Especially now that prices are rising everywhere else. “Our bills stay low” Freedom energy.
Doesn’t the sight of the wind turbines bother you? “You got used to it,” she says, shrugging. “In other places the S-Bahn runs long and we get something out of it.” “We get something out of it” – that’s the key that convinced the people from Feldheim. That’s what Neye, the Raschemanns say, and Mayor Michael Knape also confirms.
Even the biggest skeptics are now satisfied by this “quid pro quo” principle: the farmers collect rent for the areas on which the wind turbines are located and benefit from the low prices on their energy-intensive farms. “They now see themselves as farmers and energy farmers,” says Raschemann. The deer also quickly got used to the system.
The high stands of the hunters have been in the middle of the wind farm for a long time. As easy as it was to win over the people from Feldheim, the state and the large energy companies viewed the project with a critical eye.
Only Michael Knape knows that too well. The man with the bright blue eyes has been the mayor of the Treuenbrietzen community to which Feldheim belongs for 25 years. From the beginning he led the Freedom energy revolution in the village with the Raschemanns.
Because the reservations were great: A bankrupt municipality that wants to buy systems worth more than one million euros? Knape and the Raschemanns assured: We can do it, with the deposits from Feldheim and subsidies from the federal government and EU. In the end, the country gave them a blank check: Do what you want – if you fail, it’s on your own.
Knape is grateful for this opportunity and is convinced that independence in the energy sector cannot be achieved without more courage to experiment. “The energy turnaround with renewables can only be achieved for the whole of Germany with many, many decentralized projects like this one,” he says. “There is no such thing as a giant wind turbine that could supply all of Germany.” Politicians, Knape thinks, have to trust the citizens much more often. “They are often a lot smarter than they think.”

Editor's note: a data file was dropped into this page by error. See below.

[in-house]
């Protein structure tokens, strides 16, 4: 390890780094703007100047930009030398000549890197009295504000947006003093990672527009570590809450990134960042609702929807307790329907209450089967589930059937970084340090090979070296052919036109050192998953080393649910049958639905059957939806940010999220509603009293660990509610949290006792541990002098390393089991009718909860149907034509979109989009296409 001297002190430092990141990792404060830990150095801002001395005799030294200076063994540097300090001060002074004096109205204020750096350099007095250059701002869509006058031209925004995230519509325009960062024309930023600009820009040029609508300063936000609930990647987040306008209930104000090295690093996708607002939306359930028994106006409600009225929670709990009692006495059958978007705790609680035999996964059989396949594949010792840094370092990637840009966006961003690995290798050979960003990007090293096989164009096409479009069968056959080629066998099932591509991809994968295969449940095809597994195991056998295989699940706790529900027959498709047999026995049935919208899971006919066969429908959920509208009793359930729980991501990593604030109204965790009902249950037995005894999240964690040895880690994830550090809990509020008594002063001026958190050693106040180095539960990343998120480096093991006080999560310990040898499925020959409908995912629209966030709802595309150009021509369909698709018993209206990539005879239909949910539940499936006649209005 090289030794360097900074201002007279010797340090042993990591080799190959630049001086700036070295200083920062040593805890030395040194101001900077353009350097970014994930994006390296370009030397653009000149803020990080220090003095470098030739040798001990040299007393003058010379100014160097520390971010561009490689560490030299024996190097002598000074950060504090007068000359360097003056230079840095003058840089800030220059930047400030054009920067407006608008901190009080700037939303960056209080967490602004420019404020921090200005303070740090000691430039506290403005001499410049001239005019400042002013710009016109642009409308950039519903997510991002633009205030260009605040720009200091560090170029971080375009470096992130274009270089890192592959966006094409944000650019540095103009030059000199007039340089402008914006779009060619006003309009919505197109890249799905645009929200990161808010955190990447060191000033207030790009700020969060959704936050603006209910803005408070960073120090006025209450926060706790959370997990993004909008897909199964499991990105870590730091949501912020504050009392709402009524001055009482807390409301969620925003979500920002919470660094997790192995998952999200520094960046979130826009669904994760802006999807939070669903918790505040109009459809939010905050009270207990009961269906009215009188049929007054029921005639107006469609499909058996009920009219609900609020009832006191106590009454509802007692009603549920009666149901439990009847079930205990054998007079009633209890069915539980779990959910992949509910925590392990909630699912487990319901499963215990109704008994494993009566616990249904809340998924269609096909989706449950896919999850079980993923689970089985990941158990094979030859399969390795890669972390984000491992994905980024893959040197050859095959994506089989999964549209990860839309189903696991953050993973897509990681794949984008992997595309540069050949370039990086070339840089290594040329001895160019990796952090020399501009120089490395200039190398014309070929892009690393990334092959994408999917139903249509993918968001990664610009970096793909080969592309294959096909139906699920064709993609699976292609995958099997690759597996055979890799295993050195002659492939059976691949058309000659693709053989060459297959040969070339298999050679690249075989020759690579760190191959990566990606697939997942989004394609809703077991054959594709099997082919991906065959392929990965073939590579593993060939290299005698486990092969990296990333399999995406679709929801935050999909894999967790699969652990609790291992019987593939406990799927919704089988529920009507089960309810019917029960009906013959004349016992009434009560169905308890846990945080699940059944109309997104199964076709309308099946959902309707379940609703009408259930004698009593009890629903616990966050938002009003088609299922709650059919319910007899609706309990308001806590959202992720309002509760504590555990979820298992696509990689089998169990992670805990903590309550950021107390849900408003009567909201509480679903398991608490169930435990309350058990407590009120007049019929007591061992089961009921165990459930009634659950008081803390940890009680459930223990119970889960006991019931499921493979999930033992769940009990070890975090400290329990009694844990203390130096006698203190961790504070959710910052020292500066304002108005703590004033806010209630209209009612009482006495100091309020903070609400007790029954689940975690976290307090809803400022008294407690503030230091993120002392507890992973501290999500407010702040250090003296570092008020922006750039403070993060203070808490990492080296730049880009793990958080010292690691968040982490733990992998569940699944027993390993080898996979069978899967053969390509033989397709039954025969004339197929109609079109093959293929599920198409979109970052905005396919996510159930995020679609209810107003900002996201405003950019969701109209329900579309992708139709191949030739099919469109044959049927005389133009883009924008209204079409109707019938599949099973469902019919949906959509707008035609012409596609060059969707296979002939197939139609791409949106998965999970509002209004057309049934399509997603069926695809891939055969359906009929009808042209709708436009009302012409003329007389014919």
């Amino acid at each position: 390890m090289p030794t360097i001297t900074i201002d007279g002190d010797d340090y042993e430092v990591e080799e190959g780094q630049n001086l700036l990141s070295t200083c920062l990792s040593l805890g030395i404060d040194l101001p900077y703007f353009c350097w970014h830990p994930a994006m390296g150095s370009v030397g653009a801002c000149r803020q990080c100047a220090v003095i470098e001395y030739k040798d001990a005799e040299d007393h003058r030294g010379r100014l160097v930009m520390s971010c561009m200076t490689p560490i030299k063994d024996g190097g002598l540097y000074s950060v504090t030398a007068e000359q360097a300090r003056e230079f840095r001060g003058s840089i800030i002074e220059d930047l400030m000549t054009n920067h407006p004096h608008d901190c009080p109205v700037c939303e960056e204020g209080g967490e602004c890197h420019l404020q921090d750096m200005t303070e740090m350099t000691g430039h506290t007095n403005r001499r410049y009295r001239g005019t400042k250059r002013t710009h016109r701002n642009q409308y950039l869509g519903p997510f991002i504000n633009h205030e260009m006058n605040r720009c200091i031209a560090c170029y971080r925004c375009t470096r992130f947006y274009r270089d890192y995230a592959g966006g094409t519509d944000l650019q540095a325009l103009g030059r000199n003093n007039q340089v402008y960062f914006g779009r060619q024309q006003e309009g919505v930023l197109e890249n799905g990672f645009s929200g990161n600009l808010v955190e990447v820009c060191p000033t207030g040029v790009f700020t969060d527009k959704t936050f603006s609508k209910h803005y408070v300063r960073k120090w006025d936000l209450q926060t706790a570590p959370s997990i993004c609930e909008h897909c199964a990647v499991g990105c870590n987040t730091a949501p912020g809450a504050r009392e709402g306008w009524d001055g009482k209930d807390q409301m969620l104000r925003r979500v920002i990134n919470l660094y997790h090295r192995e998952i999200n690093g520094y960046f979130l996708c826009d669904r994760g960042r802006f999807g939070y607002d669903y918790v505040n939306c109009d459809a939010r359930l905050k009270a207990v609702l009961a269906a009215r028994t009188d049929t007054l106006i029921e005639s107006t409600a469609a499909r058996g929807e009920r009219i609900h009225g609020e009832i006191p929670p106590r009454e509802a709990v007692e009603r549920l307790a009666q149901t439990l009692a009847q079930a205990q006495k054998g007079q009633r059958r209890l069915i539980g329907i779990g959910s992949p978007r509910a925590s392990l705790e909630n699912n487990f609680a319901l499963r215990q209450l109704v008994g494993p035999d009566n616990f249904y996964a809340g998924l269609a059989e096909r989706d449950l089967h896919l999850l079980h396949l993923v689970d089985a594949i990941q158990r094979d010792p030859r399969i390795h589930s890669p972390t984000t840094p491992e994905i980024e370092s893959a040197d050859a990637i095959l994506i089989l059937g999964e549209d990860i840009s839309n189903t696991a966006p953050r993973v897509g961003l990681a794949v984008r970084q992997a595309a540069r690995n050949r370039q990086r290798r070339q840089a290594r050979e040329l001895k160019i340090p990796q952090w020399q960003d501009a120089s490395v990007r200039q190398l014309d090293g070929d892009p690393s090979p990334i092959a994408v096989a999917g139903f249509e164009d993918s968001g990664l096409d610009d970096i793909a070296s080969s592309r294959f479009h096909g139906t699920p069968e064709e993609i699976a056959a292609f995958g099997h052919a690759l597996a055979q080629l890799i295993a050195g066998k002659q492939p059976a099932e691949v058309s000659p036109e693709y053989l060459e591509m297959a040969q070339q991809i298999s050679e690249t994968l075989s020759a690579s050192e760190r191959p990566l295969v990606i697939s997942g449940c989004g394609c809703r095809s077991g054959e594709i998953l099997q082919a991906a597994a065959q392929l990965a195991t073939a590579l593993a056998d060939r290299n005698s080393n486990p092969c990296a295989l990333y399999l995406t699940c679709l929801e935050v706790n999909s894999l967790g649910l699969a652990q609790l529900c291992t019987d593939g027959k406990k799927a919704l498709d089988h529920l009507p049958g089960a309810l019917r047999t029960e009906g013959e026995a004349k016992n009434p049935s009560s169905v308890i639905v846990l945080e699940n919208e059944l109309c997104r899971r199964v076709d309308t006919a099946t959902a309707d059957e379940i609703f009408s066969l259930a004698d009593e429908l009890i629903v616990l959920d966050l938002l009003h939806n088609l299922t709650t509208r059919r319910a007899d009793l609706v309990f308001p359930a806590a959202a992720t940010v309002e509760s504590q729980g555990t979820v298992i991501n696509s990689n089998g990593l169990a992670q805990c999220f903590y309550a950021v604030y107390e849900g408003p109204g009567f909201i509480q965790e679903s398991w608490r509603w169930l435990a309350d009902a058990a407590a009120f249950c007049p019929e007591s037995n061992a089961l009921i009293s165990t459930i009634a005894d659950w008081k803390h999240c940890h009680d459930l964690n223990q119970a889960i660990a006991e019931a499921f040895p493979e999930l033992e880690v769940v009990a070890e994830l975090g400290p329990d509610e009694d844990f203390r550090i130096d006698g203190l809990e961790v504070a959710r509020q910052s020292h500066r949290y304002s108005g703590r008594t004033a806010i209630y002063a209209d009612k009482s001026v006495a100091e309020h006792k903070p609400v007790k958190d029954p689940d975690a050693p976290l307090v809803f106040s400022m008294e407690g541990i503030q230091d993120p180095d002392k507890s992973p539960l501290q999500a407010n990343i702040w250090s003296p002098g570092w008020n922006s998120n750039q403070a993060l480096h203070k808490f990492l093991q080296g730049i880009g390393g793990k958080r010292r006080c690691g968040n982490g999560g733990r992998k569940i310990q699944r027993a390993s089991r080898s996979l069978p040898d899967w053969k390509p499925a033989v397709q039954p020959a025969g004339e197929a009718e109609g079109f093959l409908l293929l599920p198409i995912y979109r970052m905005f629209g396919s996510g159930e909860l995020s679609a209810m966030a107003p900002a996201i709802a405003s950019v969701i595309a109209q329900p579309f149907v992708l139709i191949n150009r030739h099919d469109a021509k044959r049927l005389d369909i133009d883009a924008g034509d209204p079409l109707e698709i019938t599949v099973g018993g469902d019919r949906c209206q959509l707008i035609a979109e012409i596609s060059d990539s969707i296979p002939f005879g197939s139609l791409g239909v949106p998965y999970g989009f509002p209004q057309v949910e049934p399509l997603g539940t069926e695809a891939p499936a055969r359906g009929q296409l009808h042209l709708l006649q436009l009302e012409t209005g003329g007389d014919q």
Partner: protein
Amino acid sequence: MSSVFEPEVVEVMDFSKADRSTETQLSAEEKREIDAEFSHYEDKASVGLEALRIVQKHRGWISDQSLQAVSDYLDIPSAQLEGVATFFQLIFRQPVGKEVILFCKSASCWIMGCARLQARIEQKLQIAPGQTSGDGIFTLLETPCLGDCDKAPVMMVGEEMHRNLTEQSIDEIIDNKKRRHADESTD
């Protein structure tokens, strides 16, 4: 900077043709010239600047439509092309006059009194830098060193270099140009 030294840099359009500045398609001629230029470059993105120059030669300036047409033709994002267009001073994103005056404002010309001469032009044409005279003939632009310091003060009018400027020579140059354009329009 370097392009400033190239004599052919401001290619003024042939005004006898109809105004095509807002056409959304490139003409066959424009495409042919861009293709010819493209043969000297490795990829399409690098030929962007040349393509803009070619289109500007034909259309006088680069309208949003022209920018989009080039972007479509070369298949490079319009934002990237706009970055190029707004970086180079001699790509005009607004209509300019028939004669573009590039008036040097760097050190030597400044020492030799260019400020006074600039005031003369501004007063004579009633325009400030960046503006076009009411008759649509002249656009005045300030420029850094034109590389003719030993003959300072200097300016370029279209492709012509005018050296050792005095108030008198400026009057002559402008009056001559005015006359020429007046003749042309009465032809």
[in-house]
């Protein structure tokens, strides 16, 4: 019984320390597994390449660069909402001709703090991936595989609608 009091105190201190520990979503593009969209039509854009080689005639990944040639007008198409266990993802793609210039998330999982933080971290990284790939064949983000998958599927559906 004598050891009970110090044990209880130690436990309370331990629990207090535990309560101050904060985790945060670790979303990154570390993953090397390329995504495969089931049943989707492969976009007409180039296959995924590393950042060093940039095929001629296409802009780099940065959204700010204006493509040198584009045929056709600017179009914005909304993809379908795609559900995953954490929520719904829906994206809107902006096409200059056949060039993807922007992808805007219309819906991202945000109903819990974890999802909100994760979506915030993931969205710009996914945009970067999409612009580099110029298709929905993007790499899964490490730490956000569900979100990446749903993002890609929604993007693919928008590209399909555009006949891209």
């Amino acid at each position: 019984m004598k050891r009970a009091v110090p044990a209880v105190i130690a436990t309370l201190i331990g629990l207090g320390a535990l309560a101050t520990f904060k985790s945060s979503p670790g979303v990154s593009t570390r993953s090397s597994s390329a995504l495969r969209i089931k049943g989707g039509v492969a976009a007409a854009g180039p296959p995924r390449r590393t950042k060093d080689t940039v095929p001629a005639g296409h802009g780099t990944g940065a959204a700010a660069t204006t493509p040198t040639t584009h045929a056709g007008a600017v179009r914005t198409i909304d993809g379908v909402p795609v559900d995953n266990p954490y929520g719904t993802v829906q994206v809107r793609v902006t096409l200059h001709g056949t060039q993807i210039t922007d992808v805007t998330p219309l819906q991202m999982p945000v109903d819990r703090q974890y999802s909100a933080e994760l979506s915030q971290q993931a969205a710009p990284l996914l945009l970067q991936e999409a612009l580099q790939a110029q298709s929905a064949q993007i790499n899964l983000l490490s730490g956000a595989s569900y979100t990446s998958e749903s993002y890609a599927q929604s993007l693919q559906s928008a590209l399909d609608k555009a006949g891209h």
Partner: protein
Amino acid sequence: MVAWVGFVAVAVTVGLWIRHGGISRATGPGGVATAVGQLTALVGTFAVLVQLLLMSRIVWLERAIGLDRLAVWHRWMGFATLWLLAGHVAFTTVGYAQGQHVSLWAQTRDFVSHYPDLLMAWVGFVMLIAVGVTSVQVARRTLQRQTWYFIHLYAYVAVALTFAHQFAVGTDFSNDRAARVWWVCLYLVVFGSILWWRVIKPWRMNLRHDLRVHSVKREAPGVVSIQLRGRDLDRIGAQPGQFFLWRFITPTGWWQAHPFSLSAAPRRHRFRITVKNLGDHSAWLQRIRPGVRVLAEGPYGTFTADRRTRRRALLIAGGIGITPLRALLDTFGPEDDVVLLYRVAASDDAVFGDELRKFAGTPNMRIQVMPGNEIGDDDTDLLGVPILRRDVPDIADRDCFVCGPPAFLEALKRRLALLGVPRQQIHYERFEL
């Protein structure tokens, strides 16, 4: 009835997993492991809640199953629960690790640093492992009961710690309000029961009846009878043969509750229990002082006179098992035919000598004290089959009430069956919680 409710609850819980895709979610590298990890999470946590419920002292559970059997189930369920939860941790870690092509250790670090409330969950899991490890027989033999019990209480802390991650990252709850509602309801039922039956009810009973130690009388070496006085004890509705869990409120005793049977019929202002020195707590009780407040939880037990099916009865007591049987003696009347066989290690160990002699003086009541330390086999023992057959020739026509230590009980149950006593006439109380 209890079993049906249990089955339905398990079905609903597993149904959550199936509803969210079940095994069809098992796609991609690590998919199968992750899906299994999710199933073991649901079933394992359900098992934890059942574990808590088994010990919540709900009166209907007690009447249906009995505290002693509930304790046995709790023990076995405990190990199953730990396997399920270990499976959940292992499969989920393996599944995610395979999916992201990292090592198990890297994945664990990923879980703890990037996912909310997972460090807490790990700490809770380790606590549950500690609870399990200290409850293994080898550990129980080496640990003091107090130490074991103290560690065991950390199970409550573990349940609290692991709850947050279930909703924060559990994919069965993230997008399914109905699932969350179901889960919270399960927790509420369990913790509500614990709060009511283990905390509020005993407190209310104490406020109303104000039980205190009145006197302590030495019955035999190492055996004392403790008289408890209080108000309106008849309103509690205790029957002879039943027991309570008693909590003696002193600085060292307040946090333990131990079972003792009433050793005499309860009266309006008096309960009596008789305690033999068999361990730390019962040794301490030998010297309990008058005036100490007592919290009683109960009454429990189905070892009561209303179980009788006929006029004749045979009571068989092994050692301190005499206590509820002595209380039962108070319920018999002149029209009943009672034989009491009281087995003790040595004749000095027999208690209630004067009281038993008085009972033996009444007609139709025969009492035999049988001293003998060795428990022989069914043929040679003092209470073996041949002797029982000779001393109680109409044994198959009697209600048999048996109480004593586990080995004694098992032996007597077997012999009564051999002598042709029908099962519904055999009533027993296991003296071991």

In Feldheim, the combined forces also prevailed against the large energy company that previously supplied the village.
He simply refused to hand over the electricity and heating network to the Feldheimers for their oil and gas-free energy supply. The Feldheimer whistled on it. Without further ado, they dug up the whole village and laid new lines to every house.
The company that swatted the people of Feldheim so hard quickly regretted its decision: After a few years, it got in touch – and wanted to get in and share in the success, says Mayor Knape . He laughs: “I can only say: Gorbachev!” In other words, life punishes those who come too late.,There has been no sign of digging in Feldheim for a long time.
The place is picturesque, small single-family houses are lined up like on a string of pearls. In the center of the village is now the “New Energy Forum”, where the Raschemanns, Knape and volunteers explain to politicians, the press and school classes how energy independence can succeed.
But why isn’t Treuenbrietzen completely self-sufficient, why haven’t communities all over Germany imported the concept? It all depends on the residents, says Knape. The willingness to experiment is not as great everywhere as it is here.
He doesn’t find it stupid or annoying. The wish of the community is accepted. “Anyone who wants to force things will fail,” the mayor is certain. Michael and Doreen Raschemann agree and yet they dream much bigger.
As the next project, says the civil engineer, they would like to make a city self-sufficient. Feldheim, only in large. The only thing missing is a place where the impartiality is as great as in Feldheim.